Come check out the garden. In addition to the plants, pathways, patios, raised planters, drip irrigation, a dry creek bed and permeable pavement demonstrate water wise, sustainable alternatives for gardeners who are considering replacing or reducing their lawns. See Lawn Removal Methods for help with the first step.
For most of the year, this warm season mounding ornamental grass is just another evergreen background plant. But, in late summer and early fall just as other summer blooms fade, an otherwise nondescript evergreen grass takes center stage in the FOHC parking lot bursting with show stopping persistent, vibrant, gauzy, pinkish-red, waving panicles rising up to 2 feet above the thin dark green mounding leaves. It is guaranteed to grab attention as visitors enter the front gate.
Muhlenbergia capillaris, pink muhly grass, is native to Mexico and the eastern United States. Thriving in sun to part shade, it copes well with our hot, dry climate with some summer water and good drainage. Growing to 2 feet by 2 feet prior to bloom the dark green, slender leaves make a good background for spring and early summer perennials and annuals. The long lasting blooms dry into a light buff color throughout winter until February when we prune the entire plant down to 4 to 6 inches just prior to new spring growth. (Additional information about this and other ornamental grasses seen in the WEL and elsewhere in Sacramento can be found here.)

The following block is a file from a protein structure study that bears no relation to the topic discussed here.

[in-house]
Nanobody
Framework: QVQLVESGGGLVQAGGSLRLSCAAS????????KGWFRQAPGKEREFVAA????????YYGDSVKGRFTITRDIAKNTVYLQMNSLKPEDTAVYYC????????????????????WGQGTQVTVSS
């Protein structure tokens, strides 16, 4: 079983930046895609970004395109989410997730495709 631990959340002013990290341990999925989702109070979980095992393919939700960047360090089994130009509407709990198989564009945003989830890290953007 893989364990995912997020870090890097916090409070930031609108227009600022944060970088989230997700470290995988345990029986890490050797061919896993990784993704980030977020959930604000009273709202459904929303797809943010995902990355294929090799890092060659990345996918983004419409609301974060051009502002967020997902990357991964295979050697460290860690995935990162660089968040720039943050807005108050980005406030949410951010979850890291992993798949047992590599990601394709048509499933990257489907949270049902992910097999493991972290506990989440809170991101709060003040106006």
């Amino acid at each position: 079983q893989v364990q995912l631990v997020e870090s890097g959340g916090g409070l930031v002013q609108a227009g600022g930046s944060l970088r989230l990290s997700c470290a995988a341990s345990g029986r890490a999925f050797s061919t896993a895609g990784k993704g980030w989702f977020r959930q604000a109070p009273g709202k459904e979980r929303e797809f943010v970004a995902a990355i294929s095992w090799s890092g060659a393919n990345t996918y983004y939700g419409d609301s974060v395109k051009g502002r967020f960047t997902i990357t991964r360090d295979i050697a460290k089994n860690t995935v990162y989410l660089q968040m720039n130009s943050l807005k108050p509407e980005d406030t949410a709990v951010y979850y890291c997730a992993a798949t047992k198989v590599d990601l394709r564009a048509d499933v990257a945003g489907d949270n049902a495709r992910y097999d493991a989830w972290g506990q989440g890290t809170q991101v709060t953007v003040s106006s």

Salvia leucantha ‘Santa Barbara’
Also known as velvet sage, S. leucantha is a native of eastern and central Mexico. A moderate sized late summer/fall blooming perennial star in our far parking lot bed, it will bloom abundantly from late summer until the first frost especially if spent blossoms are removed just as they begin to fade. The size (2-1/2 feet tall and 4 feet wide) of our ’Santa Barbara’ cultivar is not as large as many other varieties. Very drought tolerant once established, the soft grayish green leaves set off brilliant purple flower stalks that make good cut and dried flowers. Plant in full sun, well drained soil and reduce summer watering for the best bloom.Mexican bush sage will die back to the ground in winter and may not survive a severe frost. If it does not die back during a mild winter, the plant should be cut close to the ground before spring growth begins to maintain a more compact shape and control flopping flower stems.
Tagetes lemmonii 'Compactum'
Also known as tangerine scented marigold, this large shrubby herbaceous perennial originates in canyons at elevations between 4,000 to 6,000 feet from southern Arizona throughout Mexico. A member of the sunflower family, it is covered in the fall with vibrant, yellow daisy-like flowers that attract bees and other pollinators. The very aromatic, airy foliage can cause dermatitis so care should be taken when pruning. We have 2 varieties in our garden, one that reaches 6 to 8 feet in height and a dwarf variety that grows to about 4 feet tall. Both can reach 4 to 6 feet in width. Copper canyon daisy prefers good drainage and is drought tolerant. In fact, it blooms more abundantly when not overwatered.Blooms are triggered by shorter days in fall, so an overcast period earlier in the year may produce some additional bloom. If overwatered or given too much shade, the plant may become leggy. Hedging back the stems may reduce subsequent flower production, however. Fall blooms cover the bush and last until frost. Plants will die back in winter under frost conditions. We have found that our plants do best when cut back close to the ground just as spring growth begins.